Five APS Fellows, including APS Past President Henry L. “Roddy” Roediger, III, have been elected to the National Academy of Sciences (NAS) in recognition of their distinguished and continuing achievements in original research.
APS Fellows Baruch Fischhoff, Robert M. Seyfarth, and Michael Tomasello are also among the 84 newly elected members, and APS Fellow Gergely Csibra has been elected an NAS foreign associate.
Election to NAS is one of the highest honors in science, with members serving as advisors to the nation on science, engineering, and medicine. Each year, current NAS members elect a new class of scientists to join their ranks. The psychological scientists elected in 2016 included APS William James Fellows Hazel R. Markus (Stanford University) and Steven A. Pinker (Harvard University); APS Fellows Jennifer L. Eberhardt (Stanford University) and Paul Slovic (University of Oregon and the nonprofit organization Decision Research); and Nobel Laureate John O’Keefe (University College London).
Roediger, the James S. McDonnell Distinguished University Professor of Psychology at Washington University in St. Louis, has spent his career studying human learning and memory, particularly those processes involved in memory retrieval. His recent research has focused on the power of retrieval as a mechanism for improving learning and retention and the potential for applying this work to educational settings. In addition to serving as APS President from 2003 to 2004, he is a recipient of the APS William James Award for his lifetime of intellectual contributions to the basic science of psychology.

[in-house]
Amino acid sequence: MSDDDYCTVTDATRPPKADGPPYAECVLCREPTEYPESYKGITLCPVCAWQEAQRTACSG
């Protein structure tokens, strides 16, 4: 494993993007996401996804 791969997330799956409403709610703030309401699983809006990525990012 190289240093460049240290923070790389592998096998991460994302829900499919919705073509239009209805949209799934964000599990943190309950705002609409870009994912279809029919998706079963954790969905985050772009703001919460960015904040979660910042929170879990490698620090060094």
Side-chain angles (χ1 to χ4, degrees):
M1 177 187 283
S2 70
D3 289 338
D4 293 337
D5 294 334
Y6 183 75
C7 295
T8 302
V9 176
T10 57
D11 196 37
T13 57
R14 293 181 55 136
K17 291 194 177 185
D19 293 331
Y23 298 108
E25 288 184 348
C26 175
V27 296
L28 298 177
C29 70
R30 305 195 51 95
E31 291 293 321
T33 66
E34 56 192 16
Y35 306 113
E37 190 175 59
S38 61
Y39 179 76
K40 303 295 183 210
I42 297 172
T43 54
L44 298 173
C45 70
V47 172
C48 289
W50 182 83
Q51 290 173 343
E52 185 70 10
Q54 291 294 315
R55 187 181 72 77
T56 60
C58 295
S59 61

“I was surprised to receive the telephone call with the news,” Roediger said about being elected to NAS. “This is a wonderful honor.”
Fischhoff, a renowned expert on risk perception and analysis, is the Howard Heinz University Professor in the Department of Engineering and Public Policy within the Institute for Politics and Strategy at Carnegie Mellon University. He is perhaps best known for his work developing the first experiment that directly tested hindsight bias — the cognitive bias that leads people to overestimate their ability to have predicted an outcome that could not possibly have been anticipated.
Seyfarth, a University of Pennsylvania psychology professor, studies the social behavior, vocal communication, and cognition of animals in their natural habitats. His research aims to clarify the differences between nonhuman primate communication and human language, explore the adaptive value of primate social relationships, and examine the cognitive mechanisms that underlie close social bonds.
Tomasello, codirector of the Max Planck Institute for Evolutionary Anthropology in Leipzig, Germany, and professor of psychology at Duke University, takes a variety of perspectives — from developmental to comparative to cultural — to investigate social cognition, social learning, cooperation, and communication in human children and great apes.
Csibra, a professor in the Department of Cognitive Science at the Central European University in Budapest, employs various behavioral and neuroimaging methods to study how infants understand actions, social exchanges, and mental states, and also how they learn from others.